Next, I found myself sitting in a virtual loft playing an augmented reality game. On my left was Mars, while Earth was on my right. The goal was to launch rockets from Mars and make them hit alien ships floating around Earth. I could spin both planets, which changed the angle of the rockets and the ships, and I also had a button for turning Tobii's tech on and off. Naturally, the game was much easier to play when I could just look at a planet and rotate it with the Vive controller's touchpad. Doing that manually, by selecting a planet with the controller, was far less fluid and made the game nearly impossible to play.

I also played through a scenario similar to Star Trek Bridge Crew, which involved manipulating a daunting number of buttons and dials on a spaceship. If you've played that Star Trek VR game, you'd know that one tough part of it is making sure you hit the right button at the right time. With eye tracking in Tobii's scenario, I only had to look at a button to select it. The company's tracking technology did a solid job of choosing the right button most of the time, even though the demo had plenty of other things to select nearby.

In addition to simply making VR interaction more fluid, Tobii claims that eye tracking will also allow for more efficient foveated rendering. That's a technique that makes your computer devote most of its graphics power to what you're seeing, while keeping offscreen content at a lower quality. Typically, foveated rendering works across the entire screen, no matter where you're technically looking. But with eye tracking, it can focus the best quality to what your eyes are actually pointed at, while slightly downgrading what's around it. Tobii quietly enabled the feature during my last demo, and I was surprised that I didn't even notice it in action. The big benefit? It could make it easier to run VR on slower systems.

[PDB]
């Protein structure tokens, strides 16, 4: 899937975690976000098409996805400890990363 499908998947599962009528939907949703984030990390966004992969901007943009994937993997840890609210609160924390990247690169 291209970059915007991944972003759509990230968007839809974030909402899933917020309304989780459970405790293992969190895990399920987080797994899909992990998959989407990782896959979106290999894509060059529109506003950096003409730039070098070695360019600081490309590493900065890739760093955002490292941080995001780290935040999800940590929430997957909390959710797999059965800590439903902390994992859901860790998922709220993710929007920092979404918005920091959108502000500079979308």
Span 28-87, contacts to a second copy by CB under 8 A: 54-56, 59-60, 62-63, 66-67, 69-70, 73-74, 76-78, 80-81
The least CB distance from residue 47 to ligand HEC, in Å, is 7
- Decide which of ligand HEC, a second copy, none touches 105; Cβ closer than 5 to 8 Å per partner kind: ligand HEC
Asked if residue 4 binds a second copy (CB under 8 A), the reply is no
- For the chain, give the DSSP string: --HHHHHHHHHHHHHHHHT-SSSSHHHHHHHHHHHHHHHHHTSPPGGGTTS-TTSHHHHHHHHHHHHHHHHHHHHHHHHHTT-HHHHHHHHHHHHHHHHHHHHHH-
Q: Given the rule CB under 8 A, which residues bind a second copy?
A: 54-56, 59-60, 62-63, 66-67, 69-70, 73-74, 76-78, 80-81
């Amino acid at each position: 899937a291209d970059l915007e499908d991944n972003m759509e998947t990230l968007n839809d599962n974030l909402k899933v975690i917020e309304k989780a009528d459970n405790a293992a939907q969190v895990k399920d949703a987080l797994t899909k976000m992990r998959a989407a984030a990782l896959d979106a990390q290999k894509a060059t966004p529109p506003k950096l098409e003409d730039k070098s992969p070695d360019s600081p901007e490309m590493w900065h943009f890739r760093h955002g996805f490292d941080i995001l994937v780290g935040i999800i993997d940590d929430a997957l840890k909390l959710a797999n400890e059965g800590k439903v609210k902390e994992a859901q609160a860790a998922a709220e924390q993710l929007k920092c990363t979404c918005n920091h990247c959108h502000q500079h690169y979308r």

While VR is the most immediate and obvious fit for Tobii, the company is still aiming to work with more PC manufacturers to build eye tracking into their laptops. Currently, more than 100 games support the technology as well. You can also expect to see Tobii's eye tracking in even thinner laptops over the next few years. (Right now it's mainly relegated to beefy gaming notebooks.) The company let me take a glimpse at its upcoming "IS5" sensor design, which is significantly smaller and slimmer than its current solution (above). In particular, the camera has been dramatically shrunken down.

Tobii's CEO, Henrik Eskilsson, told us that eye tracking will eventually be viewed as a requirement for VR. And I'm inclined to believe him. Accurate eye tracking delivers a better sense of presence, which is really the ultimate goal for virtual reality. Trying Tobii's technology for just 30 minutes has already ruined me for every VR headset without it. I'd call that a success.

Click here to catch up on the latest news from CES 2018.